Last month, Grayhound Gaming formally announced the departure of long-standing member Erdenetsogt ‘erkaSt’ Gantulga. It came as a shock to many, but right off the bat, we were informed that the Australian government refused to grant him a visa. To continue playing Counter-Strike professionally in this region, erkaSt would need to keep on studying, which unfortunately was not an option for him.
erkaSt mentioned in his announcement about the difficulties of studying and competing, stating “In July, my visa expired. I could not find another way, other than studying in Australia, to compete as a professional player. I do not want to study and compete at the same time, because previously I was skipping exams for tournaments,” said erkaSt.
The announcement of this shock departure raised the question of who would take his place. There was speculation surrounding a few people, with the “Esports Social Club” highlighting all the rumours on their podcast. They mentioned that erkaSt played a pivotal role in the line-up, so finding a replacement with similar experience would be extremely difficult in this region. At the same time, they ruled out recent free agent “MoeyCQ” and instead pointed fingers at “INS”.
Speculation of Josh “INS” Potter’s move to Grayhound was looking extremely likely, after announcing his departure from ORDER Army soon after Grayhound released their news. He explained the key reasons behind leaving were to do with the team’s disappointing results and not being able to get things to work. Prior to his departure, ORDER Army had failed to qualify for the Asian Minor, despite being favourites to go through.
Announcement of INS
In true Grayhound fashion, an announcement video came out on September 11th to confirm the arrival of Josh “INS” Potter to their active lineup. “I am super happy to be given this opportunity, obviously I have been watching the boys compete overseas regularly, and was envious after missing out on so many overseas trips,” Josh said. “So when they asked, I jumped at the opportunity. We have a really good group here, and we’ll only get better with more game time.”
Grayhound’s Active Roster:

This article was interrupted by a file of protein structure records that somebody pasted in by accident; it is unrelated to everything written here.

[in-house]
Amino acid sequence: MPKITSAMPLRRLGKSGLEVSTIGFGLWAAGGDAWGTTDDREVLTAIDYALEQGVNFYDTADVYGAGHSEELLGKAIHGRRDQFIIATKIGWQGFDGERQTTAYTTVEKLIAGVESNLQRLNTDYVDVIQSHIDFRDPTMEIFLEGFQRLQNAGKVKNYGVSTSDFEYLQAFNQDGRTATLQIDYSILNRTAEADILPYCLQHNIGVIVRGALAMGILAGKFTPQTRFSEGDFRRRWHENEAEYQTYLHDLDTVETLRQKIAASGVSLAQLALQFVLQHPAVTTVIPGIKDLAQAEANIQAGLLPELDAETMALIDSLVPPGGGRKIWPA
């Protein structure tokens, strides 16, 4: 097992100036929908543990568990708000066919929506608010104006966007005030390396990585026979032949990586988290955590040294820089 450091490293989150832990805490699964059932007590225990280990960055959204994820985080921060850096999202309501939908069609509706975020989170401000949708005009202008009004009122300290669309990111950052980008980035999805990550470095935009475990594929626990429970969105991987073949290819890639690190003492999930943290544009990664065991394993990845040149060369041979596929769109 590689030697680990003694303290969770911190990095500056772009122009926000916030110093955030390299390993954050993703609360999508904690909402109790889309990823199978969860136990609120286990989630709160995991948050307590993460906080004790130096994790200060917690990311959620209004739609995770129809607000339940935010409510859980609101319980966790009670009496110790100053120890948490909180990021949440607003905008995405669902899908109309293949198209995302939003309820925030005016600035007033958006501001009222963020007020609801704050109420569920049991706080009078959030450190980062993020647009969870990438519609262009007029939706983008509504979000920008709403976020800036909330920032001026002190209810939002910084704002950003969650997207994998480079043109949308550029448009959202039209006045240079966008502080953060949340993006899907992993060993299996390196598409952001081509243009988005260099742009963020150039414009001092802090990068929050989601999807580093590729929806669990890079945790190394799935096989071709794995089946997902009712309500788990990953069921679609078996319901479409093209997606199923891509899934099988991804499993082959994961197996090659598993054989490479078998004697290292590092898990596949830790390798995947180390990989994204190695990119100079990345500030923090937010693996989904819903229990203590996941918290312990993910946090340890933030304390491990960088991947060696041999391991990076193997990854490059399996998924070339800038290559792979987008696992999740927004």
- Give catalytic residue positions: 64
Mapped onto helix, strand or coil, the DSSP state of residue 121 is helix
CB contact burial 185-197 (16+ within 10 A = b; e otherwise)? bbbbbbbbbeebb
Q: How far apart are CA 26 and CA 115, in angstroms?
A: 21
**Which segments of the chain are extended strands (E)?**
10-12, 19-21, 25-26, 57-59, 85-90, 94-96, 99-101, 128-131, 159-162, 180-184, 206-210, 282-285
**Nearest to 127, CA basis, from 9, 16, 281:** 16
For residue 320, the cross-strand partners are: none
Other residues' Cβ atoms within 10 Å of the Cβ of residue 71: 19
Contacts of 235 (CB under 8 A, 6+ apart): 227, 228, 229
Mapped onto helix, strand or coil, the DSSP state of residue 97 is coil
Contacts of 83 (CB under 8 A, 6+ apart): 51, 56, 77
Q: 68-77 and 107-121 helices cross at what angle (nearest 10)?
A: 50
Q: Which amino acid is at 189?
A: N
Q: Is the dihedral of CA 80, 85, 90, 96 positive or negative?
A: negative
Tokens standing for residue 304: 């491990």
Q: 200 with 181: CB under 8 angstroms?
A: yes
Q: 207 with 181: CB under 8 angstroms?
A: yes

The line-up’s first international test after the announcement was the qualifiers for Dreamhack Malmo. “I was very confident even with the limited practice time we had. I’d known for a few weeks that I would be joining Grayhound, so I had put in a lot of individual practice while the boys were over in Berlin at the major,” said Josh.
Josh went on to be the highlight player of the team throughout the qualifier, successfully assisting his team in securing the qualifying spot.
When talking to Dexter about appointing Josh to the line-up, he mentioned it was a joint decision with erkaSt. “We talked on the beach about who to pick up after Montpelier, Erk suggested Josh, which would’ve been my suggestion anyway. Josh is a smart, young player who has a lot of talent, which is a rare thing in the scene right now, in my opinion,” said Dexter.
After learning that erkaSt had a say in the matter, we asked Dexter whether Josh would be filling a similar role as erkaSt. “In our system, everyone has the ability to roam free. It’s just based on the best educational decision in the moment really. Josh will cover some positions, but at the moment we’re swapping and changing things as he is very new to our line-up,” said Dexter.
We were curious about Dexter’s thoughts on how Josh has adapted to the line-up in such a short space of time. “He has slotted-in well, the rest of the team have two years of making decisions together, and Josh hasn’t been a part of that,” Dexter said.
“All of what’s to come is part of rebuilding our line-up. We’ve only had three days of practice, which isn’t anything close enough to show our usual capabilities,” concluded Dexter.
Despite only having Josh practicing with the line-up for three days prior to their first international qualifier, the team was able to band together and come out on top.
Horizon for Grayhound Gaming
With the obvious exception of Dreamhack Malmo, as they have just qualified for the global offline event, Grayhound still have a couple of online events to tackle.
Both of the above competitions have the potential of international offline finals. It is pivotal for the Grayhound Gaming line-up to continuously compete overseas if they want to maintain their progression towards invitations, and gain international experience, so winning these would be a strong step in the right direction.
Although roster changes can prove to be damaging for Counter-Strike line-ups, it seems there is no slowing Grayhound Gaming down after their recent performance in the Dreamhack Malmo qualifier. If their consistency continues, it’s likely that we will see yet another strong year from them as we approach 2020.